We Stand with Caregivers’ National Call to Action Today: “Care Is Essential”
JULY 13, 2021
BY: THE CENTER FOR EQUITY STAFF TEAM
Today, The Center for Equity is inspired to see home care workers across the country taking to the streets in a day of action calling on the White House and Congress to invest in the nation’s care economy as a matter of racial and gender justice. We’re watching as essential home care workers are participating in rallies, marches and other community events in at least 24 cities across the U.S. alongside care consumers and community allies to demand good union, living-wage jobs and a federal down payment to expand access to long-term care.
This historic moment has been a long time coming. Caregivers’ demands are striking in their call for basic human dignities: jobs, care and justice for the 2.3 million home care workers in the U.S., of whom 87% are women, 62% are people of color, and 1 in 4 are immigrants. The demographic makeup of the caregiving workforce is no coincidence: it is the result of a series of intentional policy choices over the course of our country’s history (and present) – such as the 1938 Fair Labor Standards Act’s exclusion of domestic workers (who were predominantly Black women) from the protections of minimum wage and overtime pay afforded other (whiter, more male) professions – whereby racism was (and is) weaponized as a tool to suppress the economic and political power of Black and brown workers. The concentrations of Black and brown and immigrant women in undervalued occupations like home care aide and parallel racial disparities in wages and benefits, are rooted in the institution of chattel slavery and how the U.S. economy was built on the unpaid childcare and domestic labor of enslaved Black women. (See our framework paper, The Racial Equity and Job Quality Crisis in Long-Term Care, for more context.)
On this national day of action grounded in the activism of generations of caregivers, workers are expressly calling on Congress to pass President Biden’s care plan to invest $400 billion in the home care workforce, which would create a million new care jobs, lift up essential care workers, and address skyrocketing needs for care. Workers, caregiver unions like SEIU and national advocacy organizations like the National Domestic Workers Alliance assert that an investment in home- and community-based care of this scale would help meet the ballooning demand for care and establish a pipeline of home care workers into the next generation by transforming care jobs into good, living-wage, union jobs with training opportunities and real career pathways.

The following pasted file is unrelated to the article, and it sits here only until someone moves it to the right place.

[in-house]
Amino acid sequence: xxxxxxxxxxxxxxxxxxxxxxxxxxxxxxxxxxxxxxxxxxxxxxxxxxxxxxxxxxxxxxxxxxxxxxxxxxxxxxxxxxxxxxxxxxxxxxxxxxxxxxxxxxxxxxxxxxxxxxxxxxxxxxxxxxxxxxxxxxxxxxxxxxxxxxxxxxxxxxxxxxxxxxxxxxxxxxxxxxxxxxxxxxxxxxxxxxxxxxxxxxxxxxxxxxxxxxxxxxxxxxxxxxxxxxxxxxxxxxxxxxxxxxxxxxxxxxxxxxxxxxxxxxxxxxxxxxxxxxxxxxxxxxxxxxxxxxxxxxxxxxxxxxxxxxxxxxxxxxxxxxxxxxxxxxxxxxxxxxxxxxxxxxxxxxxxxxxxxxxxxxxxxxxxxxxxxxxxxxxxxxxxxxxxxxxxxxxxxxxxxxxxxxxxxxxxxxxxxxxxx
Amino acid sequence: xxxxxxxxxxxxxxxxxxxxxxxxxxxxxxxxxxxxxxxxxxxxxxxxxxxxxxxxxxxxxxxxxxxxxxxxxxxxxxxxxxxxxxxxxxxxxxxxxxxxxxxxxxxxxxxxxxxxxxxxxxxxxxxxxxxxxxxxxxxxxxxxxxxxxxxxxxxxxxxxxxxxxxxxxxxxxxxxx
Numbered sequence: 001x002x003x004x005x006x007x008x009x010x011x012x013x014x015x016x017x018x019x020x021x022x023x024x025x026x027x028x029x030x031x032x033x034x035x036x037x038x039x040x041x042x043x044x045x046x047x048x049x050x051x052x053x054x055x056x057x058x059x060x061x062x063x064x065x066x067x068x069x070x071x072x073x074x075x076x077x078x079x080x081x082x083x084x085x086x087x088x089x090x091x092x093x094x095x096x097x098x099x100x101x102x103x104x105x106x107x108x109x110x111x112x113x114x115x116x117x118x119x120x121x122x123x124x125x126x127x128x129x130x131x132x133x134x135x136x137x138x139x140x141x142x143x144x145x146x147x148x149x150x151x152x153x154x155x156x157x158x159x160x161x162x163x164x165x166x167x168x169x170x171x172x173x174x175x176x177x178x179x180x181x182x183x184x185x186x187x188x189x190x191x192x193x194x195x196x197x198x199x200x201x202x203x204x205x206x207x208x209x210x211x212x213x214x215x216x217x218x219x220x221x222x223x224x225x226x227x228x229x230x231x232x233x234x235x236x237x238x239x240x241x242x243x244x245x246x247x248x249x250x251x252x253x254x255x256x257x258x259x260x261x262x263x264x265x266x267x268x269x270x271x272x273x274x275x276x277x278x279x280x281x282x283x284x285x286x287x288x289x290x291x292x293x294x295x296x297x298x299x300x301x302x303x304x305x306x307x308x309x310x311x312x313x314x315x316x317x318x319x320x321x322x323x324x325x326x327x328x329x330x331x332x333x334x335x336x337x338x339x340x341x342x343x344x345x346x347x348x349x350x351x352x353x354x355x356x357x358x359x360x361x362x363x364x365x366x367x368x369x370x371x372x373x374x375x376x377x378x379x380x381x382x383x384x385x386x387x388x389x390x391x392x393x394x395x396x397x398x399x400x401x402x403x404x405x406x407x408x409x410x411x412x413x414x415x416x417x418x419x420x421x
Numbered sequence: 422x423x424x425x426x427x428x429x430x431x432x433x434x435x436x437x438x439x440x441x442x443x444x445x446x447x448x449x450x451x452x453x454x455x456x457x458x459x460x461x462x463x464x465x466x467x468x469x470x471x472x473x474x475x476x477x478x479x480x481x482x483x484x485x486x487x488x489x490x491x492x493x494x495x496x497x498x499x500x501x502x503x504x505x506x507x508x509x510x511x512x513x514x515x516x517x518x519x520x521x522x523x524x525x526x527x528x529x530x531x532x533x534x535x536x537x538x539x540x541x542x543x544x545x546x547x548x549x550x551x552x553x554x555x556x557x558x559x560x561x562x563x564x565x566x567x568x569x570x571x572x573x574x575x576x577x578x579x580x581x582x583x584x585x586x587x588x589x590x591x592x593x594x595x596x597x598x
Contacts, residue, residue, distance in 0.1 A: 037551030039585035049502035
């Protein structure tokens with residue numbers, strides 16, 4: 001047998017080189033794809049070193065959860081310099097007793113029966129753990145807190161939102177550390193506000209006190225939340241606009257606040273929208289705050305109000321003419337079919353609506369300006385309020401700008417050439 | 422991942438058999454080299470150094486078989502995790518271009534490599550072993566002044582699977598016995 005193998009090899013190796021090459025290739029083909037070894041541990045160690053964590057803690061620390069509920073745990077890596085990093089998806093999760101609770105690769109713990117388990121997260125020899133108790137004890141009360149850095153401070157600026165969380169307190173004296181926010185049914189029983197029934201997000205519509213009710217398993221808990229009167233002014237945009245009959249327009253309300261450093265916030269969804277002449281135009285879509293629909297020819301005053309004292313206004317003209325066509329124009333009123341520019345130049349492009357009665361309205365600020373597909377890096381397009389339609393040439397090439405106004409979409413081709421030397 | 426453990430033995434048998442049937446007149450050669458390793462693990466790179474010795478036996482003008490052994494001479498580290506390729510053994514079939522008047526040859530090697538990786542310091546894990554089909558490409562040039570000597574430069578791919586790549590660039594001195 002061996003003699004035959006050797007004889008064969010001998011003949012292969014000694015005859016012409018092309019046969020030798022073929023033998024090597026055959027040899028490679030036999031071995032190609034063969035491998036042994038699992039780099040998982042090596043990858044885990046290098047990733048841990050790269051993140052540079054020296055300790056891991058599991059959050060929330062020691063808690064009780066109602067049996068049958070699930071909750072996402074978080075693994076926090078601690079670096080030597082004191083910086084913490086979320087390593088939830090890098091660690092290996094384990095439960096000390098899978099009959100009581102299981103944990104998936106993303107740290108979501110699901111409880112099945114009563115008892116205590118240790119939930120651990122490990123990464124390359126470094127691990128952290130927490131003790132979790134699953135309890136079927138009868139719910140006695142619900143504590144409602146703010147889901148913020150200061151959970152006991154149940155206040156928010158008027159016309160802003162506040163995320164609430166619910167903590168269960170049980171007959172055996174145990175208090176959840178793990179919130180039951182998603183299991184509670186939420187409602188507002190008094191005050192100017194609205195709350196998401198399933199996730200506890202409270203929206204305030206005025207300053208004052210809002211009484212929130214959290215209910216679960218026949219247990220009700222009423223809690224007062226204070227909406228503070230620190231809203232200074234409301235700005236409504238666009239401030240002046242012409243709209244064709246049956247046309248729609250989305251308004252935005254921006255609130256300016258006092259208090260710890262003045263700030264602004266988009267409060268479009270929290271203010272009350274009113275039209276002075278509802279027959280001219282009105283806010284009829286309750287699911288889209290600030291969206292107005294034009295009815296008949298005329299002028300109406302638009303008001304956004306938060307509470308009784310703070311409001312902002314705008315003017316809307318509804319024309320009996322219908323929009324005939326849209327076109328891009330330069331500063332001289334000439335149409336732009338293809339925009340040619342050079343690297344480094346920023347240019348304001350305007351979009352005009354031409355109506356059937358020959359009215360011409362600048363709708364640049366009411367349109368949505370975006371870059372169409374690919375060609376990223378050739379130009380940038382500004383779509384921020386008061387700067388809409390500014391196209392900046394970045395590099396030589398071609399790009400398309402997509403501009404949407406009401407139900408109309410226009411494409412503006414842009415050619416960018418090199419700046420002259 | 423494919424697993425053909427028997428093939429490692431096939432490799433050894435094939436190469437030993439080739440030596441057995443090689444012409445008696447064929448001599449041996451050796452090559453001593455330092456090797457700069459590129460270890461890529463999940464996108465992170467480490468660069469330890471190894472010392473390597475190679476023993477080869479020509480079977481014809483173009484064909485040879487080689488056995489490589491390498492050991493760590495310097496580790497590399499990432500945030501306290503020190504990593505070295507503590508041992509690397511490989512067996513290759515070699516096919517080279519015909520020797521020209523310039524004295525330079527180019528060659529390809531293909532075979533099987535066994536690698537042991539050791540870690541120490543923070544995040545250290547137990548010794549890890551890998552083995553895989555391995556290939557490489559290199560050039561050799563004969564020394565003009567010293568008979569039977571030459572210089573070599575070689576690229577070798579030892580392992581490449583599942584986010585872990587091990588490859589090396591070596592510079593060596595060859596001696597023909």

Unsurprisingly given the current political landscape, entrenched party-line opposition and centrist fretting about the impact of the investment on the federal deficit threaten the transformational promise of Biden’s care plan for millions of women of color. If lawmakers’ hesitancy to prioritize caregivers’ needs feels familiar, it’s because it is, to so many generations of Black and brown women and immigrants in the U.S. whose essential work and legacy has been repeatedly miscategorized as unskilled “women’s work,” in order to better exploit caregiving labor as less valuable and less deserving of investment than that of other whiter, more male professions.
It’s high time for our country to talk about the care crisis and the extreme workforce shortage of caregivers as a race and gender equity issue. Unequivocally. Because without confronting the links between systemic racism and sexism and the poor job quality that millions of caregivers experience each day as poverty and racialized trauma, the United States won’t solve the care crisis in the transformational way that older adults, people with disabilities and the workers who care for them so urgently need. It’s inspiring to see thousands of care workers marching in the streets today calling out for the justice they deserve, and The Center for Advancing Racial Equity and Job Quality in Long-Term Care (Center for Equity) is proud to be a national hub for echoing their calls in our workforce policy and narrative change work.
The opinions expressed herein are attributable to The Center for Equity and may not reflect the views of individual members of the Center’s Advisory Board and/or their respective organizations.